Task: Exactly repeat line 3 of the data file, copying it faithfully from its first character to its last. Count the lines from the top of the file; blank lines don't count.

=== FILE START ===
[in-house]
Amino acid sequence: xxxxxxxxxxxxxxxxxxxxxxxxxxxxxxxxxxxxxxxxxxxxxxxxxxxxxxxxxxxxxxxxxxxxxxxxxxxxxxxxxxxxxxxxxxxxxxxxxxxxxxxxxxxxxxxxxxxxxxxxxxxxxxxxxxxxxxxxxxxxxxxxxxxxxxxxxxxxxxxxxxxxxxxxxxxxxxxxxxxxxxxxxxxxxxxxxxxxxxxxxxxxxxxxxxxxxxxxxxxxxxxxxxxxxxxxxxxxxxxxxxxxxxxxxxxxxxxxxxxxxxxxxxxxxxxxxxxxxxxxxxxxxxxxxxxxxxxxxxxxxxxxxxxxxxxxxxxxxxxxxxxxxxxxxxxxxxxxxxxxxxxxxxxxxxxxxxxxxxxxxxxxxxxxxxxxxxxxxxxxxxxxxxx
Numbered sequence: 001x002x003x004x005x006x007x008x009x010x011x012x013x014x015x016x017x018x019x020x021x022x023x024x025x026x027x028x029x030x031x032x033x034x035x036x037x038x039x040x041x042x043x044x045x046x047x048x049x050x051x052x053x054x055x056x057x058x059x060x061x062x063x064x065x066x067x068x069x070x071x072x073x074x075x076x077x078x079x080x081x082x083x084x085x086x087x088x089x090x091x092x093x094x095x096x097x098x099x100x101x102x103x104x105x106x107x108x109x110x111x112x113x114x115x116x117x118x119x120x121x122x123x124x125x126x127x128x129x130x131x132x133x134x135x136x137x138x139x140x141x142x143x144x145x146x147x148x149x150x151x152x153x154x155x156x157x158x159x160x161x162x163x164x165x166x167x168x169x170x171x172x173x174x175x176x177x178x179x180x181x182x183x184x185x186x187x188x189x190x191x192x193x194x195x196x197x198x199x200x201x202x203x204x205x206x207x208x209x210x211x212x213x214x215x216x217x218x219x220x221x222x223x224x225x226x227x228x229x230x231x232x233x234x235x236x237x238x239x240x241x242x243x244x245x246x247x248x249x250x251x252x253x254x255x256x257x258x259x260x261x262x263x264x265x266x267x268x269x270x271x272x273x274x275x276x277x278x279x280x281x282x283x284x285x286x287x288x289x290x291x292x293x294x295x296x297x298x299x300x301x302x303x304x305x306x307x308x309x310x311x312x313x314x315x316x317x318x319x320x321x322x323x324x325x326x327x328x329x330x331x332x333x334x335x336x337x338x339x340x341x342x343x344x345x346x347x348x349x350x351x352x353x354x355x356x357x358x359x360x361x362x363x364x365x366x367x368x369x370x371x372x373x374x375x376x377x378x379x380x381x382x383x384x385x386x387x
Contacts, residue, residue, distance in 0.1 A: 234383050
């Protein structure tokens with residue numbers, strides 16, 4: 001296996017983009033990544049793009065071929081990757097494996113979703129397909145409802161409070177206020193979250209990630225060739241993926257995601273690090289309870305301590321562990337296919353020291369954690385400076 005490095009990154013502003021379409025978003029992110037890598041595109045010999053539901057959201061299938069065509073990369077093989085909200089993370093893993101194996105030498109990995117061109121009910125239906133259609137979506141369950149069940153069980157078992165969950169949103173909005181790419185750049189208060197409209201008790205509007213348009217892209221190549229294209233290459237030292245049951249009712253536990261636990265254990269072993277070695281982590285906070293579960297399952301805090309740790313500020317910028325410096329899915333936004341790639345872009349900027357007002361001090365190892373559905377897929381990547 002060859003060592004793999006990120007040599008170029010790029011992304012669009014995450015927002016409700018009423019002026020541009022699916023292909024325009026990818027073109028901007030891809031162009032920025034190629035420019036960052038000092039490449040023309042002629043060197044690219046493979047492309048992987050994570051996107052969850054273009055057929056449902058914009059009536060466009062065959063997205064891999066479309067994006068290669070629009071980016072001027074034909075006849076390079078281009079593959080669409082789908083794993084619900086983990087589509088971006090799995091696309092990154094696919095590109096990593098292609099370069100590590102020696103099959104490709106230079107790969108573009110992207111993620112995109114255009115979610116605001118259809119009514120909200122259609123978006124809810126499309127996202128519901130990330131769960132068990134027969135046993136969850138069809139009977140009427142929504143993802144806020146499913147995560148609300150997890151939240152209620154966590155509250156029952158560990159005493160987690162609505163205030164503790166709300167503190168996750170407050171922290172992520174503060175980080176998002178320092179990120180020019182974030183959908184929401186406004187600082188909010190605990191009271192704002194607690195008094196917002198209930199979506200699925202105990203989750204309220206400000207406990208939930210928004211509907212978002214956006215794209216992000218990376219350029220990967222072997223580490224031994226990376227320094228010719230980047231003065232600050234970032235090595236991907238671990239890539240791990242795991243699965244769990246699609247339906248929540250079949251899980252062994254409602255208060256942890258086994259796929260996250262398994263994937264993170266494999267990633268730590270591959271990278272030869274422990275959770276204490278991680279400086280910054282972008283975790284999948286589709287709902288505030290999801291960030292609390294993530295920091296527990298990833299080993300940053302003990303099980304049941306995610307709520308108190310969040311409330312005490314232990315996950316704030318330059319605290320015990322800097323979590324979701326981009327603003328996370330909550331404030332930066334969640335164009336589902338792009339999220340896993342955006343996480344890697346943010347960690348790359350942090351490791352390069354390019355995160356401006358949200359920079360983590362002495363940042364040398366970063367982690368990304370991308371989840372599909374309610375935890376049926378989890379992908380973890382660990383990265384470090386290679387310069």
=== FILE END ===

Numbered sequence: 001x002x003x004x005x006x007x008x009x010x011x012x013x014x015x016x017x018x019x020x021x022x023x024x025x026x027x028x029x030x031x032x033x034x035x036x037x038x039x040x041x042x043x044x045x046x047x048x049x050x051x052x053x054x055x056x057x058x059x060x061x062x063x064x065x066x067x068x069x070x071x072x073x074x075x076x077x078x079x080x081x082x083x084x085x086x087x088x089x090x091x092x093x094x095x096x097x098x099x100x101x102x103x104x105x106x107x108x109x110x111x112x113x114x115x116x117x118x119x120x121x122x123x124x125x126x127x128x129x130x131x132x133x134x135x136x137x138x139x140x141x142x143x144x145x146x147x148x149x150x151x152x153x154x155x156x157x158x159x160x161x162x163x164x165x166x167x168x169x170x171x172x173x174x175x176x177x178x179x180x181x182x183x184x185x186x187x188x189x190x191x192x193x194x195x196x197x198x199x200x201x202x203x204x205x206x207x208x209x210x211x212x213x214x215x216x217x218x219x220x221x222x223x224x225x226x227x228x229x230x231x232x233x234x235x236x237x238x239x240x241x242x243x244x245x246x247x248x249x250x251x252x253x254x255x256x257x258x259x260x261x262x263x264x265x266x267x268x269x270x271x272x273x274x275x276x277x278x279x280x281x282x283x284x285x286x287x288x289x290x291x292x293x294x295x296x297x298x299x300x301x302x303x304x305x306x307x308x309x310x311x312x313x314x315x316x317x318x319x320x321x322x323x324x325x326x327x328x329x330x331x332x333x334x335x336x337x338x339x340x341x342x343x344x345x346x347x348x349x350x351x352x353x354x355x356x357x358x359x360x361x362x363x364x365x366x367x368x369x370x371x372x373x374x375x376x377x378x379x380x381x382x383x384x385x386x387x